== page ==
yolenoyer yolenoyer - 2 months ago 11
Git Question

How to "rename" a file in Git after already having moved it with bash/mv

I often rename files with the

mv
system command, forgetting to use
git mv
in order to keep the file history:

~/gitproj $ mv myfile.foo newname.foo


When I realize it before a commit, the only way I know to fix it is to do the following:

~/gitproj $ mv newname.foo myfile.foo # Coming back to the old name
~/gitproj $ git mv myfile.foo newname.foo # Moving forth again, but with git


Is there a better way to do it, like only giving to
git
the info that the file was moved?

It would be something like that:

~/gitproj $ git mv --cached myfile.foo newname.foo # a pseudo git command


Edit:



As AndreasGrapentin wrote:

git add .


let git (auto)detect all the files which were renamed, even if they were modified. But this command adds the whole directory to the index...

Is there a way, even in a lower level, to change this info only for one file?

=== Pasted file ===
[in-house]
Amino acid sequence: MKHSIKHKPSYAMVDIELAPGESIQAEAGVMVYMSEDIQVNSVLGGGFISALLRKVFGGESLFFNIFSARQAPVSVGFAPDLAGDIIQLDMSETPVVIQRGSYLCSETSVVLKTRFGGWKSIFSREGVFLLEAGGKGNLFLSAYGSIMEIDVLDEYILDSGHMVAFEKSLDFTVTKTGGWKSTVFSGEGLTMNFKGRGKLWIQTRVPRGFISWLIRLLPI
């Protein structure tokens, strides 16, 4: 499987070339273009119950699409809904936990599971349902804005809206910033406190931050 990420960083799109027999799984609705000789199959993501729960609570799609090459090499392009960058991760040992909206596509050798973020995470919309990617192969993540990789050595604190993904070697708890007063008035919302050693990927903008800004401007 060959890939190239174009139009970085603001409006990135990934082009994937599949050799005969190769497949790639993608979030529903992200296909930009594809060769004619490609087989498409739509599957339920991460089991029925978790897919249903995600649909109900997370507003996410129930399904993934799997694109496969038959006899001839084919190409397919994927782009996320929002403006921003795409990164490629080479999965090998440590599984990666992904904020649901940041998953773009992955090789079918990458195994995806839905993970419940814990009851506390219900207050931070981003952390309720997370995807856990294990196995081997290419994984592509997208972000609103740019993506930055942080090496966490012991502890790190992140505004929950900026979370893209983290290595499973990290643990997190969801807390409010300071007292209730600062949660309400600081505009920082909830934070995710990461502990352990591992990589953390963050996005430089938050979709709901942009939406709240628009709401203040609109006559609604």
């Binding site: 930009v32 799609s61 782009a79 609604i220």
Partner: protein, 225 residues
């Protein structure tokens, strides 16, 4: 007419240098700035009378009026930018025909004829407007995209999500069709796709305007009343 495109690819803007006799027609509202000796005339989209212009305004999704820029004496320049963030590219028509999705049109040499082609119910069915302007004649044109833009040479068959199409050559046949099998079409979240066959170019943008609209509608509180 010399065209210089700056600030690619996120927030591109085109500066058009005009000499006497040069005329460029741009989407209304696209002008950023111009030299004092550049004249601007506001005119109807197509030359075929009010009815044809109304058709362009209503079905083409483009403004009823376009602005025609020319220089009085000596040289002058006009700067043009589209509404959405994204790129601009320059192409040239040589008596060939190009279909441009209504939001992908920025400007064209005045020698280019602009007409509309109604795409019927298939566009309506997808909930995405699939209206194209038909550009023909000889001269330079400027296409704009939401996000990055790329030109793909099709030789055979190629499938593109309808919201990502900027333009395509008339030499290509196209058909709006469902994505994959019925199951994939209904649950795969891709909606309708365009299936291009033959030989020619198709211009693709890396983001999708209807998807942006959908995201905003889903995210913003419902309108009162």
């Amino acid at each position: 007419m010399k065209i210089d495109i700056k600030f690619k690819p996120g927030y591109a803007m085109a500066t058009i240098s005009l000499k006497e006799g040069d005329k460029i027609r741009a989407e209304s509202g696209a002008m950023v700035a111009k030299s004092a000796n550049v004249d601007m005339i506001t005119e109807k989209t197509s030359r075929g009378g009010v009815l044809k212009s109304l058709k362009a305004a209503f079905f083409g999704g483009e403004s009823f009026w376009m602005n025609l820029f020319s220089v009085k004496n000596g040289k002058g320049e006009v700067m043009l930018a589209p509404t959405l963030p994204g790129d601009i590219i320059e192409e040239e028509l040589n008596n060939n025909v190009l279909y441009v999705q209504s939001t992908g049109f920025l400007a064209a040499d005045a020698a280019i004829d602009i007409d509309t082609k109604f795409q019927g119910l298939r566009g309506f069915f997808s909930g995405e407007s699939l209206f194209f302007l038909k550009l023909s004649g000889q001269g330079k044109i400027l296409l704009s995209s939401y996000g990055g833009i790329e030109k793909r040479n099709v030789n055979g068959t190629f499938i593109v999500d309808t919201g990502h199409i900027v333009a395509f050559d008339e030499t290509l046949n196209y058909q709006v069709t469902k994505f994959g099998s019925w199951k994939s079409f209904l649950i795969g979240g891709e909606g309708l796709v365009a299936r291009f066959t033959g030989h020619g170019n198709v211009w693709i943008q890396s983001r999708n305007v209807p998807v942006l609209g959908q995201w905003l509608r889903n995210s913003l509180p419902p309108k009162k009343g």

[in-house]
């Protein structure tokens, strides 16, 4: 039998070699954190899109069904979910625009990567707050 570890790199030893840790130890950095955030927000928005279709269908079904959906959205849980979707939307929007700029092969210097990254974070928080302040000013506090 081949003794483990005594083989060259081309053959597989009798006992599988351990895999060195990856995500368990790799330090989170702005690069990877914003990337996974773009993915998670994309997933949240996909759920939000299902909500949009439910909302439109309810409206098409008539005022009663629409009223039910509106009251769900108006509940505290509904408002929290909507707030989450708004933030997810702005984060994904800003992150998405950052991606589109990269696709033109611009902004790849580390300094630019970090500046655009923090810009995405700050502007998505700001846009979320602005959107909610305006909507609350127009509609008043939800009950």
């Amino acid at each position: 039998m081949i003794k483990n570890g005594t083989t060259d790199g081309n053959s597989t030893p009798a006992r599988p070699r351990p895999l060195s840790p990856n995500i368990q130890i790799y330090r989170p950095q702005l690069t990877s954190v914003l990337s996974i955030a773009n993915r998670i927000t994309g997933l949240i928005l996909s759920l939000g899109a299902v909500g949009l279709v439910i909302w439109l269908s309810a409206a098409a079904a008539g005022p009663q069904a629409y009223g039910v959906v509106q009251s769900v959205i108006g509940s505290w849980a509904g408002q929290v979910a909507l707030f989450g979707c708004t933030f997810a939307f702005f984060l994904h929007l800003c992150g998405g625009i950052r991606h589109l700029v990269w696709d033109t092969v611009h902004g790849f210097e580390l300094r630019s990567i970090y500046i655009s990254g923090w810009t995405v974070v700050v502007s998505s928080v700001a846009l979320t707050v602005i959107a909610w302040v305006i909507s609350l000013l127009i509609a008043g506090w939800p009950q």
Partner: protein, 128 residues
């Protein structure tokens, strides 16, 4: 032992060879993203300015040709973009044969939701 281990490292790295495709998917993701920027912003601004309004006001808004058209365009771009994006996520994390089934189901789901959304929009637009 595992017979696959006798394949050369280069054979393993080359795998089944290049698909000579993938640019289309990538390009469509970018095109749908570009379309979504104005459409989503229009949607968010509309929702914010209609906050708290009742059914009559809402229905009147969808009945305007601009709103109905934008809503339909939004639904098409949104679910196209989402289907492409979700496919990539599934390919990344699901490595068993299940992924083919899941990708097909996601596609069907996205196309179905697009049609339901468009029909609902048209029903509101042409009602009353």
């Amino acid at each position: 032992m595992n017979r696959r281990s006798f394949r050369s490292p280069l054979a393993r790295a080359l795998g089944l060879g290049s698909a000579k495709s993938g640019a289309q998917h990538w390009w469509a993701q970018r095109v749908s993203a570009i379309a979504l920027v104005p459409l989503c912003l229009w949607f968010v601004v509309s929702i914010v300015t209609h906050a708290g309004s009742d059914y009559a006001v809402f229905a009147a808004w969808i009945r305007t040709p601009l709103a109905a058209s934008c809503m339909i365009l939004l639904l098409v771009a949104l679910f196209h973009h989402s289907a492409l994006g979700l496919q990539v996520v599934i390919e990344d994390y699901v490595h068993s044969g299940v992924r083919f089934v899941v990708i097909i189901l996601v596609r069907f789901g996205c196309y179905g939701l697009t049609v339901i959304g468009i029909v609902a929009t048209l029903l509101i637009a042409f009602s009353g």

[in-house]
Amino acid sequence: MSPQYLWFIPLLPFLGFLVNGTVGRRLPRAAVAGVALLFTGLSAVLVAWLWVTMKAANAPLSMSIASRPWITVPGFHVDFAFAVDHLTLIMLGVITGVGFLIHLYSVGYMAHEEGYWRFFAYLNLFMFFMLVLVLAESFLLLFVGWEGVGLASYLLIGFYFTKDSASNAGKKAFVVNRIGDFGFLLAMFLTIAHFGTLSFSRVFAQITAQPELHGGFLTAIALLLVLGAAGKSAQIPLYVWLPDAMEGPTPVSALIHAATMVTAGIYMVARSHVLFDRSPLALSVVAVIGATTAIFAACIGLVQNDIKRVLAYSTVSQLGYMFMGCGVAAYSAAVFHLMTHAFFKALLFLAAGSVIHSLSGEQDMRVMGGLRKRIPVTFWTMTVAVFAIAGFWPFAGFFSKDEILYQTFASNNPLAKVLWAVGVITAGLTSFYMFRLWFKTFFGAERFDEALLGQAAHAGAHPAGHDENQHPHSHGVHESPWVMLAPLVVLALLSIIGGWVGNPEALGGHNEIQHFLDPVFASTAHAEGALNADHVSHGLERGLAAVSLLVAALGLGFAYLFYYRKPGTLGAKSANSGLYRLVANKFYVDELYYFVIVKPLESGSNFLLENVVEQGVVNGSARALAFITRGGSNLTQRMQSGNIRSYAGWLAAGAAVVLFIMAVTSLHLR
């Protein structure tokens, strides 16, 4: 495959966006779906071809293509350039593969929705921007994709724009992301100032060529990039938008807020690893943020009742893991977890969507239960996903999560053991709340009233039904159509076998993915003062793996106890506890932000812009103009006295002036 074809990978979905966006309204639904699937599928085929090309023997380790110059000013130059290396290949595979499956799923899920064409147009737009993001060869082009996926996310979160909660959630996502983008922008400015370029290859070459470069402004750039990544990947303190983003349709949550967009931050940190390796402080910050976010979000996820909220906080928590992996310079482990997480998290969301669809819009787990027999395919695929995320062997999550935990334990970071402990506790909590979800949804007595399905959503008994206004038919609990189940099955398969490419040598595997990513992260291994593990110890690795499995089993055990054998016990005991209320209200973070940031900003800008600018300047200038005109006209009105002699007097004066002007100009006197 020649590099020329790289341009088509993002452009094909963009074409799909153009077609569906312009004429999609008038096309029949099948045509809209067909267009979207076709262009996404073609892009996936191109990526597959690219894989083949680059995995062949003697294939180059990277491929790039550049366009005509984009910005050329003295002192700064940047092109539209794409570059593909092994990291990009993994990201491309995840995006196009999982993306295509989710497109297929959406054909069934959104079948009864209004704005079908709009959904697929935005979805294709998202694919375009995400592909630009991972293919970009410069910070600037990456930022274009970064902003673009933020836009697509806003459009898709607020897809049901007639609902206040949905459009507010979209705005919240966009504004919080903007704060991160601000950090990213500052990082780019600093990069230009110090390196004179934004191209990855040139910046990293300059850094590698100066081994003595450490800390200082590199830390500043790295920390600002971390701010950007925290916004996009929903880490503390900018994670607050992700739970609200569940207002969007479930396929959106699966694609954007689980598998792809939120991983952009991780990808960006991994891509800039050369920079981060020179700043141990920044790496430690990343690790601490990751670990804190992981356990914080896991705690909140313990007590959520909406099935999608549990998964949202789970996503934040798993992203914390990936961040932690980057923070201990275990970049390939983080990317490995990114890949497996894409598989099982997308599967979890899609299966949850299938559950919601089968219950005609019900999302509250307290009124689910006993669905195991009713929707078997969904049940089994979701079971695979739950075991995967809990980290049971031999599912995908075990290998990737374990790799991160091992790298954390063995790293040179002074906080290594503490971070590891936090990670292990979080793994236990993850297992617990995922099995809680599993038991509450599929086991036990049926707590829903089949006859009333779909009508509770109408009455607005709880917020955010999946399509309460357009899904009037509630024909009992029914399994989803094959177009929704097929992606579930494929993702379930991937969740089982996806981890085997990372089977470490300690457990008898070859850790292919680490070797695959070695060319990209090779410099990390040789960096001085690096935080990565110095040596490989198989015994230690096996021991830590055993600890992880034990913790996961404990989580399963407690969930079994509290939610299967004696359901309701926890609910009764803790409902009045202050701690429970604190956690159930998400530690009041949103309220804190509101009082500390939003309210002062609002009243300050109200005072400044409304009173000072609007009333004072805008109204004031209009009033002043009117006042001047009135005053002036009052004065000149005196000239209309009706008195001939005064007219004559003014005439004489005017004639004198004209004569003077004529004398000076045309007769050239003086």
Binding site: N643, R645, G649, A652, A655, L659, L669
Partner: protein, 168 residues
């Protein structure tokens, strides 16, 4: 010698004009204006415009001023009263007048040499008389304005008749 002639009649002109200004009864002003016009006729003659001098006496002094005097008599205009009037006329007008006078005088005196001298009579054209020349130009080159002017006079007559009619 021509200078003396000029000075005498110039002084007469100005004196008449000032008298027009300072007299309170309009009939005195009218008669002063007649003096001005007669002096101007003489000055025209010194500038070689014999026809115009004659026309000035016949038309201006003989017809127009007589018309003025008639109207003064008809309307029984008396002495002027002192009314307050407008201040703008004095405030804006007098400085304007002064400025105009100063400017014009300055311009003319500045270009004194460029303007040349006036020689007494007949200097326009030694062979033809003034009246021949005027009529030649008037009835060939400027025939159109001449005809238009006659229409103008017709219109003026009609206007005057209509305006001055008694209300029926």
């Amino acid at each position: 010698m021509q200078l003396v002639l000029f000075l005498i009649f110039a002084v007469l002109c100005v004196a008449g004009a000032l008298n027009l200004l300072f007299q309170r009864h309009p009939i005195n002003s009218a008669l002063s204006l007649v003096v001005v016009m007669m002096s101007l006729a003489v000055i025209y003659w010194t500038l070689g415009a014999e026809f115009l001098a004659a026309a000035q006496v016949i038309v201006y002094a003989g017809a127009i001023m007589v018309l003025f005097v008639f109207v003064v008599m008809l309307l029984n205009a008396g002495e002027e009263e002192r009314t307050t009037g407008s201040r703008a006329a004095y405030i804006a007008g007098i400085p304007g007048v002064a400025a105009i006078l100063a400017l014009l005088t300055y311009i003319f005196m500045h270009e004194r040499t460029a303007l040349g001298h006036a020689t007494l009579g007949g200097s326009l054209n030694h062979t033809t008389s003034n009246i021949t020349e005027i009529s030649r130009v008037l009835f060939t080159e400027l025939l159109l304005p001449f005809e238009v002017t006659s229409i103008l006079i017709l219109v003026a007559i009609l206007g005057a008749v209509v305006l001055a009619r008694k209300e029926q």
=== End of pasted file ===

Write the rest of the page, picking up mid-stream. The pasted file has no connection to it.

Answer

Since the effect of git mv is nothing more or less than the sequence

mv myfile.foo newname.foo
git rm --cached myfile.foo
git add newname.foo

anyway, you can simply supply the remaining two operations

git rm --cached myfile.foo
git add newname.foo

to finish the move. However, that does not save you a single command from your move-back-then-git-move workaround.

Afaik, these two commands cannot be bundled via a git alias: You need to supply two names to two different commands, and that is incompatible with alias substitution. So, if you absolutely want to be able to do this with a single command, you either need to write a shell script or function. With a shell script, you can then alias it in your ~/.gitconfig if you absolutely want to call it as a git command, but I really wouldn't bother if I were you.